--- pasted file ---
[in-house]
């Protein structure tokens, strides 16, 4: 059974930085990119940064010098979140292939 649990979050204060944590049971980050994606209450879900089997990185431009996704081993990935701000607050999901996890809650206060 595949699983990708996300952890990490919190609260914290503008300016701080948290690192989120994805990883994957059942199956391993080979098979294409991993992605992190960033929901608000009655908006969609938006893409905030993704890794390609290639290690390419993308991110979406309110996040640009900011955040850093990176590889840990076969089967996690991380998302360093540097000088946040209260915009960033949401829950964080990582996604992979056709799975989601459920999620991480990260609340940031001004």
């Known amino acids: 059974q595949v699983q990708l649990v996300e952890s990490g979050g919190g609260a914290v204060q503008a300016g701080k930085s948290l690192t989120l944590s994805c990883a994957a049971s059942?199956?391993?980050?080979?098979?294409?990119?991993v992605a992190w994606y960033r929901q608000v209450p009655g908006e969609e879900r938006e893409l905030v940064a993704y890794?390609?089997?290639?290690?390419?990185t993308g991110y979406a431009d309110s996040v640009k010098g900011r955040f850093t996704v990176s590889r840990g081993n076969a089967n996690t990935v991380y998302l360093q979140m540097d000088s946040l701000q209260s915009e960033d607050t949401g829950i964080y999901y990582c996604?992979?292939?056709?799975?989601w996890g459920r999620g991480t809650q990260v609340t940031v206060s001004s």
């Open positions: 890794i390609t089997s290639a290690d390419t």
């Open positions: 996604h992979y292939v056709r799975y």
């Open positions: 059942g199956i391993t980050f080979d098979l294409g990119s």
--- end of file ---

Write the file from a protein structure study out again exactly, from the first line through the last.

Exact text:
[in-house]
């Protein structure tokens, strides 16, 4: 059974930085990119940064010098979140292939 649990979050204060944590049971980050994606209450879900089997990185431009996704081993990935701000607050999901996890809650206060 595949699983990708996300952890990490919190609260914290503008300016701080948290690192989120994805990883994957059942199956391993080979098979294409991993992605992190960033929901608000009655908006969609938006893409905030993704890794390609290639290690390419993308991110979406309110996040640009900011955040850093990176590889840990076969089967996690991380998302360093540097000088946040209260915009960033949401829950964080990582996604992979056709799975989601459920999620991480990260609340940031001004």
């Known amino acids: 059974q595949v699983q990708l649990v996300e952890s990490g979050g919190g609260a914290v204060q503008a300016g701080k930085s948290l690192t989120l944590s994805c990883a994957a049971s059942?199956?391993?980050?080979?098979?294409?990119?991993v992605a992190w994606y960033r929901q608000v209450p009655g908006e969609e879900r938006e893409l905030v940064a993704y890794?390609?089997?290639?290690?390419?990185t993308g991110y979406a431009d309110s996040v640009k010098g900011r955040f850093t996704v990176s590889r840990g081993n076969a089967n996690t990935v991380y998302l360093q979140m540097d000088s946040l701000q209260s915009e960033d607050t949401g829950i964080y999901y990582c996604?992979?292939?056709?799975?989601w996890g459920r999620g991480t809650q990260v609340t940031v206060s001004s």
């Open positions: 890794i390609t089997s290639a290690d390419t």
């Open positions: 996604h992979y292939v056709r799975y």
């Open positions: 059942g199956i391993t980050f080979d098979l294409g990119s």